There have been recent claims that a certain toothpaste costing $20 a tube is better at controlling plaque than the pastes that we regularly see on the shelves at our local pharmacies. It’s high price tag make people wonder if spending the money is worth it.
I have seen on social media people questioning why a toothpaste with that price point would not add fluoride to its list of ingredients.
In a study conducted in 2012 by the Center for Disease Control, 20% of children aged 5-11 having one untreated tooth with decay. Studies have shown that even since fluoride’s introduction in water and toothpastes, dental decay is still prevalent. Dental decay continues to be one of the most common diseases in children.
Isn’t it time for another idea?
Cavities are caused by acid attacks on your teeth. Reduce the acid; reduce decay. Xylitol shows promise at reducing decay. Xylitol is a natural sugar that cannot be digested by the Strep mutans bacteria in plaque. If the bacteria has no food source it cannot “poop” the acid to demineralize your teeth.
Xylitol has the ability to change an acidic pH to an alkaline one so your teeth have a chance to remineralize when they are not under the acid attack. It’s pretty awesome, too, because it comes in toothpaste, gums, candies and mints! Adding
MI paste with xylitol and you can add calcium and phosphate back into the demineralized enamel.
Fluoridated teeth cannot save you from frequent acid attacks. We need to limit our attacks by limiting what and how often we put foods and drinks into our mouths (even water can be acidic!) and allowing our teeth to rest from these attacks.
I’m not sure I would pay $20 for a tube of toothpaste but I do know I would spent $20 on a month’s worth supply of candy that help my teeth!
We all know that kids are not compliant when it comes to brushing twice a day but I know that they would use candy 5 times a day if I told them they could. Maybe this is the direction we need to go. Give kids candy (that doesn’t promote diabetes) and fight dental decay. That’s money well spent.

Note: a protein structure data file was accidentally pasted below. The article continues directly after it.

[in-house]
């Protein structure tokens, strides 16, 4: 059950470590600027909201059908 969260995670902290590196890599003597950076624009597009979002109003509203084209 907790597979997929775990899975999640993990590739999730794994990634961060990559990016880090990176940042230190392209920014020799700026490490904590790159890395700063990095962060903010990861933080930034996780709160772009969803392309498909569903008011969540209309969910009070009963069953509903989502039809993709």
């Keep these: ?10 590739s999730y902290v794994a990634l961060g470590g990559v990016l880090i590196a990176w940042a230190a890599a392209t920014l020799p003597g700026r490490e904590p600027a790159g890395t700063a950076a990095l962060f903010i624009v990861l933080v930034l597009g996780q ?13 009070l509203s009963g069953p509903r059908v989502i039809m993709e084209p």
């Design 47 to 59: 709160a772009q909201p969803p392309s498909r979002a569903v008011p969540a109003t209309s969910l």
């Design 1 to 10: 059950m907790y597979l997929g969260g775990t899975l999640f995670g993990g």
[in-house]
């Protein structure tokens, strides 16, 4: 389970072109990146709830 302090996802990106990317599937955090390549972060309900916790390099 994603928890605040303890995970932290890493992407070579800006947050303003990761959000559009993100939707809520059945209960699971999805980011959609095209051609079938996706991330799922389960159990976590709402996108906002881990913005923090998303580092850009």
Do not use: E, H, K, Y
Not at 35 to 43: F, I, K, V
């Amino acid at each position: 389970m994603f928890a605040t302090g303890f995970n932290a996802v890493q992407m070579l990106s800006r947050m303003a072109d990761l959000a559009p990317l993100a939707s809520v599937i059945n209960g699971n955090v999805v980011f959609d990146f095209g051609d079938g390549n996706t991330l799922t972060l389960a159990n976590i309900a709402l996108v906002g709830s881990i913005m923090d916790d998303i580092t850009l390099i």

I have always thought of myself as an average dental hygienist. I come to work and provide patients with care every hour of every day.
I begin by taking a blood pressure and a periodontal exam. The exam includes probe depth readings, measurement of recession, evaluation of furcation involvement and mobility. I look for signs of wear to access if there is the possibility of occlusal disease or a traumatic bite. I look for signs of sleep apnea. My oral cancer exam includes a visual exam and feeling of the tongue, lips, throat and neck. I test pH to assess whether or not the patient is at risk for decay because of acidic saliva and I also check to make sure the patient has adequate salivary flow. I review this data with my patient and then we proceed with any procedures scheduled or treatment plan new treatment with the dentist.
To me this is the average.
The more I learn from my new patients, when they say that they have never had such a thorough examination, the more I worry about what my colleagues are actually doing and why.
The “why” could be due a number of reasons. Time is the most prevalent reason. I have the luxury of a full hour with my patients. Many of my colleagues do not. Not having enough time can create an environment where something needs to be cut in order to stay on time.
I would not be able to pick one item to delete.